What’s So Great About Pay Mix?

According to the founder and CEO of a large, public communication company, incentives are everything. “The vast majority of people in companies work for two things: ego and money,” he has said. “What are we incented to do? How are we incented to behave? Incentives drive trained behavior. Period. We don’t spend enough time on getting it right in our company, and I guarantee not enough companies do. As a CEO, I have to hear my CFO and the finance department say, ‘Well you can’t do that because we can’t afford it. We can’t have that much incentive pay.’ That’s absolutely ludicrous. It’s not a question of affordability; it’s a question of sustainability.”

It’s a great point. The sales organization drives the bottom line, whether finance likes it or not (with respect to finance organizations everywhere). And sales people are motivated by their potential earnings. Would a great sales rep work just as hard and bring in as many deals if he were paid a flat salary? Yes, many of them would, but he or she would probably be looking for a new job at the same time.

So how can you responsibly incent, and pay, for the best sales teams out there? Through the correct pay mix and upside (We’ll talk about upside next week).

Pay mix, which refers to the portion of base salary and target incentive an individual in a job earns at quota, is usually the single most influential driver of behavior for a salesperson and the largest financial decision for the company. It establishes the company’s commitment to fixed (base salary) and variable (incentive pay) costs while setting the stage for upside payouts for high performers. A job may have a sizeable portion of pay or a modest portion of pay in target incentive, which reflects the desired role and, if designed correctly, will motivate the right types of behaviors.

Your company may have three job roles for example, new customer acquisition, current account penetration, and current account management which may earn the same amount of target total compensation for at-quota performance (let’s say $100,000), but they may earn that pay in different proportions. Those proportions of salary and incentive are affected by factors that include the sales role and sales process. But each type of job should have a pay mix that motivates the right type of behaviors for that job.

A new account acquisition role will usually have a relatively aggressive pay mix, say 50 percent salary and 50 percent target incentive. While their DNA will naturally drive the rep, significant pay at risk supports the types of hunting behaviors we want to encourage with this role. A more complex sales process will sometimes lower the percentage of pay at risk to enable the rep to work through the intricacies and duration of the process as well as multiple buying points in the case of global accounts or government accounts. As new customer acquisition is usually the most expensive type of sale, an aggressive pay mix also puts a large portion of pay in variable cost rather than fixed cost which lessens risk for the organization. However, with risk comes potential reward for the rep. Pay mix carries with it a corresponding amount of upside potential for top performers, usually in proportion to the pay at risk. Total incentive earnings for a top performer may be 200 percent, 300 percent, or more as a percentage of target incentive. If a person in this role earned $100,000 in a year, he would earn $50,000 in base salary and $50,000 in incentive pay. (We’ll discuss upside potential and differentiating top performers later.)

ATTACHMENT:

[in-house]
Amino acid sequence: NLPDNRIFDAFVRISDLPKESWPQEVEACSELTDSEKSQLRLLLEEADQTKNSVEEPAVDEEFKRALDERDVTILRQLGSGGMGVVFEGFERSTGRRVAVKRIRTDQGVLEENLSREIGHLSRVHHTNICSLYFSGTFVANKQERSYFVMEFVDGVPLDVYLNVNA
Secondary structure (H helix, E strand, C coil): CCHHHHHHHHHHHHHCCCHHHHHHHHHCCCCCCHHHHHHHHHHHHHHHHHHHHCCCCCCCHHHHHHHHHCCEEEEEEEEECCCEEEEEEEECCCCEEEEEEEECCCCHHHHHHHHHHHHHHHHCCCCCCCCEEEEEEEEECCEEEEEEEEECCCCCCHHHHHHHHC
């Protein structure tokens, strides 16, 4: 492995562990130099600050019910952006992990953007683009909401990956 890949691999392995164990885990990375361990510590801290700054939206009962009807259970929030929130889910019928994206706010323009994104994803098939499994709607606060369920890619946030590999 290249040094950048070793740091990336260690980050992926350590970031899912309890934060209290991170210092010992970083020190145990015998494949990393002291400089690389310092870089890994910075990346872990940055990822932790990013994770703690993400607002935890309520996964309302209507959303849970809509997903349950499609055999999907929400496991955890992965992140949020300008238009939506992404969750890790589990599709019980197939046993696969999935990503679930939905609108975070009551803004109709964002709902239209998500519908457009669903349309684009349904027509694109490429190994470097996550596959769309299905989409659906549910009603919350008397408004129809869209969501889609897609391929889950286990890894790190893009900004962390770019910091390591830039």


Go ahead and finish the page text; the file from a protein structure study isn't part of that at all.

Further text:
A current account penetration role is busy building relationships and may have a moderate pay mix with 70 percent of pay in salary and 30 percent in target incentive. We want to motivate performance but not typically with the level of risk and corresponding aggressiveness as the new account acquisition role. To maintain a balanced customer solution orientation and achievement orientation, most organizations will offer a pay mix somewhere between 70/30 and 80/20. If a person in this role earned $100,000 in a year, she would earn $70,000 in base salary and $30,000 in incentive pay. This role also receives upside potential relative to the pay she puts at risk.  

A sales role concentrating on customer service and revenue retention will usually have a relatively shallow pay mix, for example 90 percent salary and 10 percent target incentive. This minimal risk allows him to have the patience to work through customer challenges and strengthen relationships without the stress of trying to close the next sale. A role of this type with a more complex sales process will usually have a shallower mix than someone with a more transactional sales process, as the complexity will add to the time and patience required to work through creating the right customer experience. If we use a pay mix with too much incentive relative to base, we run the risk of creating a very anxious rep concerned more about attaining a sales result quickly than serving the customer correctly. If a person in this role earned $100,000 in a year, he would earn $90,000 in base salary and $10,000 in incentive pay.

More about incentive pay and upside next week.

To learn more, visit SalesGlobe.

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  1. Bus Accidents & Sales Comp: Thresholds « SalesGlobe Forum

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